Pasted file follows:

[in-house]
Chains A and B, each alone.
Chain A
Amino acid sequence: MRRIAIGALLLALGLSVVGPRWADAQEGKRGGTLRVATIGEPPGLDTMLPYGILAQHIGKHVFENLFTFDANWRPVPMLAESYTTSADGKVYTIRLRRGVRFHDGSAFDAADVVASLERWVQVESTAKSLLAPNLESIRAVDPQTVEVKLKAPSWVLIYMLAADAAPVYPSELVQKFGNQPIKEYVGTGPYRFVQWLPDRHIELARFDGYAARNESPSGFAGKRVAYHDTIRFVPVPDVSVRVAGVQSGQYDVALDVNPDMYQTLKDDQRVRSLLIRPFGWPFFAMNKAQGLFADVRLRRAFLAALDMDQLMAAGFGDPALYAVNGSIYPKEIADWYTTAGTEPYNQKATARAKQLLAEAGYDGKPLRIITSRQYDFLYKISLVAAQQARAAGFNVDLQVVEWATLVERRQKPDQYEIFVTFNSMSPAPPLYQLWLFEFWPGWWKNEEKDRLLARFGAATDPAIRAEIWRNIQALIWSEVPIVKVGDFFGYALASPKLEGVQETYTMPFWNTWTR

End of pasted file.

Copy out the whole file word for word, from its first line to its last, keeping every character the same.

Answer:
[in-house]
Chains A and B, each alone.
Chain A
Amino acid sequence: MRRIAIGALLLALGLSVVGPRWADAQEGKRGGTLRVATIGEPPGLDTMLPYGILAQHIGKHVFENLFTFDANWRPVPMLAESYTTSADGKVYTIRLRRGVRFHDGSAFDAADVVASLERWVQVESTAKSLLAPNLESIRAVDPQTVEVKLKAPSWVLIYMLAADAAPVYPSELVQKFGNQPIKEYVGTGPYRFVQWLPDRHIELARFDGYAARNESPSGFAGKRVAYHDTIRFVPVPDVSVRVAGVQSGQYDVALDVNPDMYQTLKDDQRVRSLLIRPFGWPFFAMNKAQGLFADVRLRRAFLAALDMDQLMAAGFGDPALYAVNGSIYPKEIADWYTTAGTEPYNQKATARAKQLLAEAGYDGKPLRIITSRQYDFLYKISLVAAQQARAAGFNVDLQVVEWATLVERRQKPDQYEIFVTFNSMSPAPPLYQLWLFEFWPGWWKNEEKDRLLARFGAATDPAIRAEIWRNIQALIWSEVPIVKVGDFFGYALASPKLEGVQETYTMPFWNTWTR